Article

Coronary Calcium as a Predictor of Coronary Events in Four Racial or Ethnic Groups

Department of Radiological Sciences, University of California at Irvine, Irvine, CA 92697, USA.
New England Journal of Medicine (Impact Factor: 54.42). 03/2008; 358(13):1336-45. DOI: 10.1056/NEJMoa072100
Source: PubMed

ABSTRACT In white populations, computed tomographic measurements of coronary-artery calcium predict coronary heart disease independently of traditional coronary risk factors. However, it is not known whether coronary-artery calcium predicts coronary heart disease in other racial or ethnic groups.
We collected data on risk factors and performed scanning for coronary calcium in a population-based sample of 6722 men and women, of whom 38.6% were white, 27.6% were black, 21.9% were Hispanic, and 11.9% were Chinese. The study subjects had no clinical cardiovascular disease at entry and were followed for a median of 3.8 years.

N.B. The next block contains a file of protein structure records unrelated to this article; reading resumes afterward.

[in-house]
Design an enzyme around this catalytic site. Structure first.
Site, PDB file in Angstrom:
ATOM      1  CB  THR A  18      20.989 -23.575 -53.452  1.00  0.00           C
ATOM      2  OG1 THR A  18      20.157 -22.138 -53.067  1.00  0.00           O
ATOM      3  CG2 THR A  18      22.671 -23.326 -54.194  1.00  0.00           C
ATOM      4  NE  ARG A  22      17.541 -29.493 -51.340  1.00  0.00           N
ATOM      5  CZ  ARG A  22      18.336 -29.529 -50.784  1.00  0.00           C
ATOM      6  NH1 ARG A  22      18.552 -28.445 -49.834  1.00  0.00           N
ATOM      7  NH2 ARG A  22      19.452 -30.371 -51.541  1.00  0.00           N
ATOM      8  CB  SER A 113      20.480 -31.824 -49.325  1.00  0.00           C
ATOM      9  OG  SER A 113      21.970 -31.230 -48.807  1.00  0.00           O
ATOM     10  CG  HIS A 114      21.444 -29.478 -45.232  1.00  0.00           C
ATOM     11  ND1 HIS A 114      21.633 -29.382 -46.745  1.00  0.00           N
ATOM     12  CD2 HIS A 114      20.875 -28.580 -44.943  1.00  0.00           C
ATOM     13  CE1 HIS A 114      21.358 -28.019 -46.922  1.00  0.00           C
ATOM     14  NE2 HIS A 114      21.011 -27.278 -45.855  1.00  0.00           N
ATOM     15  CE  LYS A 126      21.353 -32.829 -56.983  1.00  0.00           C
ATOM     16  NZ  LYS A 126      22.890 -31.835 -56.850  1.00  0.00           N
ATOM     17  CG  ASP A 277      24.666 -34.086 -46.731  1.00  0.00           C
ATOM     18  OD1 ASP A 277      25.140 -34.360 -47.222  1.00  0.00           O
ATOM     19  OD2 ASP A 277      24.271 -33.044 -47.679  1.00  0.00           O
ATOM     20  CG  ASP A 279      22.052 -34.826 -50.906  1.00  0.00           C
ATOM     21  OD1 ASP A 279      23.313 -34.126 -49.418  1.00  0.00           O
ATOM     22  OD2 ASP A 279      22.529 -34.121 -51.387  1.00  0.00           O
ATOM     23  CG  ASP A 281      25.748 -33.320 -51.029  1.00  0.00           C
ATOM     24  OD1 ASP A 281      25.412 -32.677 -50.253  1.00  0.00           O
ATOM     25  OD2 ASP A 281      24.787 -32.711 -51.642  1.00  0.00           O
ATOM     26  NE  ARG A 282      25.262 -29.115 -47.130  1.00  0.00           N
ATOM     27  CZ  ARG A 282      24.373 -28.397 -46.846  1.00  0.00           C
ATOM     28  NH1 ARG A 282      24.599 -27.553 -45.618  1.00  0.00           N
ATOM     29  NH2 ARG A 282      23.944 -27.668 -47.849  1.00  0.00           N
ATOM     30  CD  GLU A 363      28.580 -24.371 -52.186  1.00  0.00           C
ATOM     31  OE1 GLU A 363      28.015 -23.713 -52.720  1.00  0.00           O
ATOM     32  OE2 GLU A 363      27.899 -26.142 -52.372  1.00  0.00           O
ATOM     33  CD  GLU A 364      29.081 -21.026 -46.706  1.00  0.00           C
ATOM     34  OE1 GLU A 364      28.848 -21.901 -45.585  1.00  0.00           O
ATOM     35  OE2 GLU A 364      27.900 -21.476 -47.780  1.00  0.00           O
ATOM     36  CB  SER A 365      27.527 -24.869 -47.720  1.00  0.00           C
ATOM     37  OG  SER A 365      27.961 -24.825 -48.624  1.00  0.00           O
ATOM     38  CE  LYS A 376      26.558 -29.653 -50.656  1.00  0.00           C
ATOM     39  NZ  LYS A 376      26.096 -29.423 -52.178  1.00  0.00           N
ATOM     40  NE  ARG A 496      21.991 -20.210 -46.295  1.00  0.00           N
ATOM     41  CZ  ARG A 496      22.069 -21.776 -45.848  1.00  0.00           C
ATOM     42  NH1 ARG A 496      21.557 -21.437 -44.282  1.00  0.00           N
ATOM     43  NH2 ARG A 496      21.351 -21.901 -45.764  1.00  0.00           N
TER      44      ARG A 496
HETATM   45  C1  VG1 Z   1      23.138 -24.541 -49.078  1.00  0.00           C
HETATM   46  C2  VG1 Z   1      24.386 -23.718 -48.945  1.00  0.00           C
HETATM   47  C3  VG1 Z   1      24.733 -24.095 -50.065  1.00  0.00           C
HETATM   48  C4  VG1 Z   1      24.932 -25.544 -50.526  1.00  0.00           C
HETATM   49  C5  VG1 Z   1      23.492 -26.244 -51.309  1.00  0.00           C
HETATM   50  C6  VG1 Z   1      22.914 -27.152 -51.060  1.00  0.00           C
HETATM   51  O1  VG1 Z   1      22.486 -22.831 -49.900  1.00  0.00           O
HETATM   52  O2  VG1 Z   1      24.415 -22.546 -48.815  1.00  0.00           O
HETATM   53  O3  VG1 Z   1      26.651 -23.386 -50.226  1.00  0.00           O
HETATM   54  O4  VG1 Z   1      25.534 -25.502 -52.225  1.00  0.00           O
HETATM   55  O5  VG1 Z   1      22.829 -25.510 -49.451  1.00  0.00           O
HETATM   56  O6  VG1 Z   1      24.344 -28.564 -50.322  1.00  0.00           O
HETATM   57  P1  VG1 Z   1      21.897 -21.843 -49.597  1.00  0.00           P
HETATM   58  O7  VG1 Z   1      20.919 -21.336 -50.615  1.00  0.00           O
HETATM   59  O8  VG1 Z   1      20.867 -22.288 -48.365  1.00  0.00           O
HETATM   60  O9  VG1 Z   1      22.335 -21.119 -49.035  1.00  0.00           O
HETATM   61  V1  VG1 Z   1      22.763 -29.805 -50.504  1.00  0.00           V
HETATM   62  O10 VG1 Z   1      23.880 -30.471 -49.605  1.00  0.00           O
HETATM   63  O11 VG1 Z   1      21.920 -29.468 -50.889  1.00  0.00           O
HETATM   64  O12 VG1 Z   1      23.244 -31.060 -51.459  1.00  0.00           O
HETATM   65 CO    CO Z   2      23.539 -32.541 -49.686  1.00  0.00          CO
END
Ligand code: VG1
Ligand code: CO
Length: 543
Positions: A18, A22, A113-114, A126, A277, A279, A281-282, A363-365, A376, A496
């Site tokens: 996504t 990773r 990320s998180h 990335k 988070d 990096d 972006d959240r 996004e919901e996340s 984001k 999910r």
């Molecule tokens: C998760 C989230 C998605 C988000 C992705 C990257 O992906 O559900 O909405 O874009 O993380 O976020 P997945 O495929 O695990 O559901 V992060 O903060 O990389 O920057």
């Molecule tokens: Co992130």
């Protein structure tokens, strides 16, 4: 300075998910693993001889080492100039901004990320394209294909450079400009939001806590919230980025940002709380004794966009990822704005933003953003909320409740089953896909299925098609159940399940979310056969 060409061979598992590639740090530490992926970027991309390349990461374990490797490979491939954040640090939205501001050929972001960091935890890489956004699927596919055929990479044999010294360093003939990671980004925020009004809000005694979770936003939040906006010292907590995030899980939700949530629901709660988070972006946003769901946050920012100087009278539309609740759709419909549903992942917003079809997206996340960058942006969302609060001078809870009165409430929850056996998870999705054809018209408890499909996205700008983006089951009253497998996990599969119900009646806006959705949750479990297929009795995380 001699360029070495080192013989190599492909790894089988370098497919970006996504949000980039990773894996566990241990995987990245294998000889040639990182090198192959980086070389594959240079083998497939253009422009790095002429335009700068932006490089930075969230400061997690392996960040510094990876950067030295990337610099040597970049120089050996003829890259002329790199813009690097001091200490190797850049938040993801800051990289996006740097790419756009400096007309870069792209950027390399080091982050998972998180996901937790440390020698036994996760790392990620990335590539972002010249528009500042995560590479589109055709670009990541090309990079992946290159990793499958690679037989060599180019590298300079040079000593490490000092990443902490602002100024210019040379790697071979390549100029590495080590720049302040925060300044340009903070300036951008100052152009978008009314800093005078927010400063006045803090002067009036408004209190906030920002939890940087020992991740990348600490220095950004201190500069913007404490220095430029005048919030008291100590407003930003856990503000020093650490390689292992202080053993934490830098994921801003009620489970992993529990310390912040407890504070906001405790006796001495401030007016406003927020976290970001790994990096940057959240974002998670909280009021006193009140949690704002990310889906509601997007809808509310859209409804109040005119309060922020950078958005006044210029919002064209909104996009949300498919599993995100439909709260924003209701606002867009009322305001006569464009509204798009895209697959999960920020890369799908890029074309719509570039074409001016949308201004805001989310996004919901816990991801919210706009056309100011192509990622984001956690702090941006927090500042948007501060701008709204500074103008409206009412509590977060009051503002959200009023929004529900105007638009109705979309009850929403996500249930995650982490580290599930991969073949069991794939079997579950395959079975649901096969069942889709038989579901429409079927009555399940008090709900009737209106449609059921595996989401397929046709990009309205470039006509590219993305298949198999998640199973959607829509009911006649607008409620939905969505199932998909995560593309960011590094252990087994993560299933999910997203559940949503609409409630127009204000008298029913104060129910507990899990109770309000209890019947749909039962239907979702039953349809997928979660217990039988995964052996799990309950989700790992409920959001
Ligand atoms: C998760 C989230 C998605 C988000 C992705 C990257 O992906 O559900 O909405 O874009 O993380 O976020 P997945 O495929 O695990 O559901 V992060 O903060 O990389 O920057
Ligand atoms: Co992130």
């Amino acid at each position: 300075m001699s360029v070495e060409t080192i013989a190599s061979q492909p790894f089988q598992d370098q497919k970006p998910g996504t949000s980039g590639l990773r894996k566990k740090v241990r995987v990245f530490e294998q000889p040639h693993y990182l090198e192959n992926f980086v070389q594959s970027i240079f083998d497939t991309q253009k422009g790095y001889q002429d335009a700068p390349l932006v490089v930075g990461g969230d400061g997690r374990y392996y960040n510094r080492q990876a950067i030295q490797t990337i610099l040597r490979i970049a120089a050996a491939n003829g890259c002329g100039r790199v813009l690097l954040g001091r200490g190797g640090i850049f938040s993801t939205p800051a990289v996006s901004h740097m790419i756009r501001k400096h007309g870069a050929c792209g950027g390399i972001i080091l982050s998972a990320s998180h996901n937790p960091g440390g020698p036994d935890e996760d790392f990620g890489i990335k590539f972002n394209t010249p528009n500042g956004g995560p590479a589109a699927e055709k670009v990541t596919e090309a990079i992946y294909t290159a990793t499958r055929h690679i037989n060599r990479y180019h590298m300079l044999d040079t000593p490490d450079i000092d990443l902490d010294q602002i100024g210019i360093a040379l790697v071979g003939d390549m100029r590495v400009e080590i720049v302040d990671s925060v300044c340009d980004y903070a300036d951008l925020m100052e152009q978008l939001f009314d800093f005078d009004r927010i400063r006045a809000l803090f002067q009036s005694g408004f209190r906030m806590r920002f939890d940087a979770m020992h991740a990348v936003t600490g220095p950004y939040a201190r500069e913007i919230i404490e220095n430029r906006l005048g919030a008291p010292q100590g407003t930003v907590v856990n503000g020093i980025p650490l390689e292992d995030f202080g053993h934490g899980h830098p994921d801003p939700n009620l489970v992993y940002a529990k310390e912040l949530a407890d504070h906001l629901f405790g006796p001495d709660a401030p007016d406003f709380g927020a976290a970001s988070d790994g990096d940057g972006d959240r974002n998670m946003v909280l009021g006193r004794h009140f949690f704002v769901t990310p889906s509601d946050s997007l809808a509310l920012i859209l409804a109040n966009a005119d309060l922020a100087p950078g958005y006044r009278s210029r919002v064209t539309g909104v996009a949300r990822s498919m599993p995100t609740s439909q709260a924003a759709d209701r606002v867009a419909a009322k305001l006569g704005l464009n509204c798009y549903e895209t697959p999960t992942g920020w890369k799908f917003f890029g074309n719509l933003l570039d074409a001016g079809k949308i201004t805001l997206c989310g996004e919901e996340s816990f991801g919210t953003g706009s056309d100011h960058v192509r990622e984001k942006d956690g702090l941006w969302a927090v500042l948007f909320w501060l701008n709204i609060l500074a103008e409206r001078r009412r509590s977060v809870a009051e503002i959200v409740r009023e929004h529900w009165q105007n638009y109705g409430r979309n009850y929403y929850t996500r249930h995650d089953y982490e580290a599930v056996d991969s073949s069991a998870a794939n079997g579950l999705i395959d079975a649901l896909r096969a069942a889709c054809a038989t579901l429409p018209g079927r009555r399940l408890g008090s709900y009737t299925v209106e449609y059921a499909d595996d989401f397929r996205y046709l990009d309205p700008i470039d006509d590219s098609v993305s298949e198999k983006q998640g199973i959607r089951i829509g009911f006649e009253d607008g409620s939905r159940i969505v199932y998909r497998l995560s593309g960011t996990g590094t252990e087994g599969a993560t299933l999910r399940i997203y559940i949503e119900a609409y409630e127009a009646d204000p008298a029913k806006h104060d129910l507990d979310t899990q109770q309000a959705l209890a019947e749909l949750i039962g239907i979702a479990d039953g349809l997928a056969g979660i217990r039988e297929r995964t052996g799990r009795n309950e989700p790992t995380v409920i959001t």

There were 162 coronary events, of which 89 were major events (myocardial infarction or death from coronary heart disease). In comparison with participants with no coronary calcium, the adjusted risk of a coronary event was increased by a factor of 7.73 among participants with coronary calcium scores between 101 and 300 and by a factor of 9.67 among participants with scores above 300 (P<0.001 for both comparisons). Among the four racial and ethnic groups, a doubling of the calcium score increased the risk of a major coronary event by 15 to 35% and the risk of any coronary event by 18 to 39%. The areas under the receiver-operating-characteristic curves for the prediction of both major coronary events and any coronary event were higher when the calcium score was added to the standard risk factors.
The coronary calcium score is a strong predictor of incident coronary heart disease and provides predictive information beyond that provided by standard risk factors in four major racial and ethnic groups in the United States. No major differences among racial and ethnic groups in the predictive value of calcium scores were detected.

Download full-text

Full-text

Available from: John Jeffrey Carr, Jul 04, 2015
1 Follower
 · 
142 Views